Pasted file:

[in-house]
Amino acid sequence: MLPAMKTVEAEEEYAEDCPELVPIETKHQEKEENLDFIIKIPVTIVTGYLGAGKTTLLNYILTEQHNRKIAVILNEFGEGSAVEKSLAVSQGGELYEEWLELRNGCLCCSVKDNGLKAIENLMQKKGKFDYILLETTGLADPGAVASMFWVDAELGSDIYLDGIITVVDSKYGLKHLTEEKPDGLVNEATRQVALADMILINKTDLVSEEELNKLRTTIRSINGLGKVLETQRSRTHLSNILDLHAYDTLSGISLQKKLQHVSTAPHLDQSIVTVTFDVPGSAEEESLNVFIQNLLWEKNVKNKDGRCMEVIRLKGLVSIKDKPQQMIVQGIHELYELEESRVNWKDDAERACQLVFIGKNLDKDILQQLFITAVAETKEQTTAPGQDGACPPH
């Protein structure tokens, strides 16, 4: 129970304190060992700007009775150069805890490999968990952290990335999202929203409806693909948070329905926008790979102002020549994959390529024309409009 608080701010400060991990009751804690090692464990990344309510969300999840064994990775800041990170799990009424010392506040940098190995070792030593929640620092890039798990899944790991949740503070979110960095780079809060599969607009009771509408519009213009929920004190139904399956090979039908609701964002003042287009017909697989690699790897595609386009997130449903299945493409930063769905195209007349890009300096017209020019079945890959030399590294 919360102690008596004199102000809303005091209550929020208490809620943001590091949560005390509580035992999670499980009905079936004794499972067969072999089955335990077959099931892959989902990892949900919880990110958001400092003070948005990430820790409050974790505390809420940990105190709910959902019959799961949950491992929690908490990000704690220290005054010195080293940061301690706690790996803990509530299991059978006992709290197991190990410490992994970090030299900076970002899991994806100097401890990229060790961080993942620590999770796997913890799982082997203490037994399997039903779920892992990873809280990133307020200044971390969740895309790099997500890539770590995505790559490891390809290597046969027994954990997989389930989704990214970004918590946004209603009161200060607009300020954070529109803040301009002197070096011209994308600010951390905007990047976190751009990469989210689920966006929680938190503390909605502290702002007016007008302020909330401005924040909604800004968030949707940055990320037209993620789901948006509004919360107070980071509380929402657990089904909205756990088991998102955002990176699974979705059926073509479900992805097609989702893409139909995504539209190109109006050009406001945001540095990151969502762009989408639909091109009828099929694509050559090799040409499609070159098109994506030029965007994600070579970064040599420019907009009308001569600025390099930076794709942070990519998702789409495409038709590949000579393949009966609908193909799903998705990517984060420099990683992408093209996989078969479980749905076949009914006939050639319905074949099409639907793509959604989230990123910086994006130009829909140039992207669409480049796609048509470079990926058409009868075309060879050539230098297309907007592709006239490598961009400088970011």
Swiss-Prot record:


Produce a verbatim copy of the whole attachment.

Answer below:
[in-house]
Amino acid sequence: MLPAMKTVEAEEEYAEDCPELVPIETKHQEKEENLDFIIKIPVTIVTGYLGAGKTTLLNYILTEQHNRKIAVILNEFGEGSAVEKSLAVSQGGELYEEWLELRNGCLCCSVKDNGLKAIENLMQKKGKFDYILLETTGLADPGAVASMFWVDAELGSDIYLDGIITVVDSKYGLKHLTEEKPDGLVNEATRQVALADMILINKTDLVSEEELNKLRTTIRSINGLGKVLETQRSRTHLSNILDLHAYDTLSGISLQKKLQHVSTAPHLDQSIVTVTFDVPGSAEEESLNVFIQNLLWEKNVKNKDGRCMEVIRLKGLVSIKDKPQQMIVQGIHELYELEESRVNWKDDAERACQLVFIGKNLDKDILQQLFITAVAETKEQTTAPGQDGACPPH
């Protein structure tokens, strides 16, 4: 129970304190060992700007009775150069805890490999968990952290990335999202929203409806693909948070329905926008790979102002020549994959390529024309409009 608080701010400060991990009751804690090692464990990344309510969300999840064994990775800041990170799990009424010392506040940098190995070792030593929640620092890039798990899944790991949740503070979110960095780079809060599969607009009771509408519009213009929920004190139904399956090979039908609701964002003042287009017909697989690699790897595609386009997130449903299945493409930063769905195209007349890009300096017209020019079945890959030399590294 919360102690008596004199102000809303005091209550929020208490809620943001590091949560005390509580035992999670499980009905079936004794499972067969072999089955335990077959099931892959989902990892949900919880990110958001400092003070948005990430820790409050974790505390809420940990105190709910959902019959799961949950491992929690908490990000704690220290005054010195080293940061301690706690790996803990509530299991059978006992709290197991190990410490992994970090030299900076970002899991994806100097401890990229060790961080993942620590999770796997913890799982082997203490037994399997039903779920892992990873809280990133307020200044971390969740895309790099997500890539770590995505790559490891390809290597046969027994954990997989389930989704990214970004918590946004209603009161200060607009300020954070529109803040301009002197070096011209994308600010951390905007990047976190751009990469989210689920966006929680938190503390909605502290702002007016007008302020909330401005924040909604800004968030949707940055990320037209993620789901948006509004919360107070980071509380929402657990089904909205756990088991998102955002990176699974979705059926073509479900992805097609989702893409139909995504539209190109109006050009406001945001540095990151969502762009989408639909091109009828099929694509050559090799040409499609070159098109994506030029965007994600070579970064040599420019907009009308001569600025390099930076794709942070990519998702789409495409038709590949000579393949009966609908193909799903998705990517984060420099990683992408093209996989078969479980749905076949009914006939050639319905074949099409639907793509959604989230990123910086994006130009829909140039992207669409480049796609048509470079990926058409009868075309060879050539230098297309907007592709006239490598961009400088970011």
Swiss-Prot record: